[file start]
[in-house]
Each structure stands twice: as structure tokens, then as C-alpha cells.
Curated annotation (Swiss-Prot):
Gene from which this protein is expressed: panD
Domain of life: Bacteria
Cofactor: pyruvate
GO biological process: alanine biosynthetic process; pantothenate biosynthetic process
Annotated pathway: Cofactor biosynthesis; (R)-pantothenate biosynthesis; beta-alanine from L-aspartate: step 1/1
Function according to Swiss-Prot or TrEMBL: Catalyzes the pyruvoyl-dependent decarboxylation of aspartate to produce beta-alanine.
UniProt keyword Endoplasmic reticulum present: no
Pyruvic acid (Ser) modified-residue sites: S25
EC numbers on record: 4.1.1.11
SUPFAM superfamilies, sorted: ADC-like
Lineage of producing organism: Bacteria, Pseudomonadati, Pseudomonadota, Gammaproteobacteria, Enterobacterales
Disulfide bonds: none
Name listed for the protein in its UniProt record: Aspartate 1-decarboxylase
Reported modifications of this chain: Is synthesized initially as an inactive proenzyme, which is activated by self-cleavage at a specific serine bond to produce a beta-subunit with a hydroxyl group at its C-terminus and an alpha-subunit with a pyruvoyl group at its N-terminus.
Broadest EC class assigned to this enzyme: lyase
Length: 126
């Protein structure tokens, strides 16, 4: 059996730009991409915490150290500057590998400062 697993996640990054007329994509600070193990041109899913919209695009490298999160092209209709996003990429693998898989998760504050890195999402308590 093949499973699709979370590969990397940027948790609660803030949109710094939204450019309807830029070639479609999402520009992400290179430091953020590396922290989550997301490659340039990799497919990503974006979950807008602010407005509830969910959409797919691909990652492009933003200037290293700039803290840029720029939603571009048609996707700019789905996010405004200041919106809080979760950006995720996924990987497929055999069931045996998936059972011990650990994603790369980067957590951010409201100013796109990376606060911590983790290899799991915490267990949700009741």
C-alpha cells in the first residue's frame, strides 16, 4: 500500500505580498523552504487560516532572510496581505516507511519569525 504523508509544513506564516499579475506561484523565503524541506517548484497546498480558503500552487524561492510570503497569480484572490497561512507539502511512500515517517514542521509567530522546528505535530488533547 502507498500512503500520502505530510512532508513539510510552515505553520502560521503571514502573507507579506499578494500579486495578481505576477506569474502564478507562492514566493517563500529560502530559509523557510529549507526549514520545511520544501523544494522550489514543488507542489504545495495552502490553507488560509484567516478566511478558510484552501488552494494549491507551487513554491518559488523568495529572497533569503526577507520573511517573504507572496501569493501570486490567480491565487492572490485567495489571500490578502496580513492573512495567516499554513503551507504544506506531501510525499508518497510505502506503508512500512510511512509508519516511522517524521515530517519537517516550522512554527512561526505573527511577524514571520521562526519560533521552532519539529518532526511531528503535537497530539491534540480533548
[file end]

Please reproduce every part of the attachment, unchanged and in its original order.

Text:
[in-house]
Each structure stands twice: as structure tokens, then as C-alpha cells.
Curated annotation (Swiss-Prot):
Gene from which this protein is expressed: panD
Domain of life: Bacteria
Cofactor: pyruvate
GO biological process: alanine biosynthetic process; pantothenate biosynthetic process
Annotated pathway: Cofactor biosynthesis; (R)-pantothenate biosynthesis; beta-alanine from L-aspartate: step 1/1
Function according to Swiss-Prot or TrEMBL: Catalyzes the pyruvoyl-dependent decarboxylation of aspartate to produce beta-alanine.
UniProt keyword Endoplasmic reticulum present: no
Pyruvic acid (Ser) modified-residue sites: S25
EC numbers on record: 4.1.1.11
SUPFAM superfamilies, sorted: ADC-like
Lineage of producing organism: Bacteria, Pseudomonadati, Pseudomonadota, Gammaproteobacteria, Enterobacterales
Disulfide bonds: none
Name listed for the protein in its UniProt record: Aspartate 1-decarboxylase
Reported modifications of this chain: Is synthesized initially as an inactive proenzyme, which is activated by self-cleavage at a specific serine bond to produce a beta-subunit with a hydroxyl group at its C-terminus and an alpha-subunit with a pyruvoyl group at its N-terminus.
Broadest EC class assigned to this enzyme: lyase
Length: 126
């Protein structure tokens, strides 16, 4: 059996730009991409915490150290500057590998400062 697993996640990054007329994509600070193990041109899913919209695009490298999160092209209709996003990429693998898989998760504050890195999402308590 093949499973699709979370590969990397940027948790609660803030949109710094939204450019309807830029070639479609999402520009992400290179430091953020590396922290989550997301490659340039990799497919990503974006979950807008602010407005509830969910959409797919691909990652492009933003200037290293700039803290840029720029939603571009048609996707700019789905996010405004200041919106809080979760950006995720996924990987497929055999069931045996998936059972011990650990994603790369980067957590951010409201100013796109990376606060911590983790290899799991915490267990949700009741």
C-alpha cells in the first residue's frame, strides 16, 4: 500500500505580498523552504487560516532572510496581505516507511519569525 504523508509544513506564516499579475506561484523565503524541506517548484497546498480558503500552487524561492510570503497569480484572490497561512507539502511512500515517517514542521509567530522546528505535530488533547 502507498500512503500520502505530510512532508513539510510552515505553520502560521503571514502573507507579506499578494500579486495578481505576477506569474502564478507562492514566493517563500529560502530559509523557510529549507526549514520545511520544501523544494522550489514543488507542489504545495495552502490553507488560509484567516478566511478558510484552501488552494494549491507551487513554491518559488523568495529572497533569503526577507520573511517573504507572496501569493501570486490567480491565487492572490485567495489571500490578502496580513492573512495567516499554513503551507504544506506531501510525499508518497510505502506503508512500512510511512509508519516511522517524521515530517519537517516550522512554527512561526505573527511577524514571520521562526519560533521552532519539529518532526511531528503535537497530539491534540480533548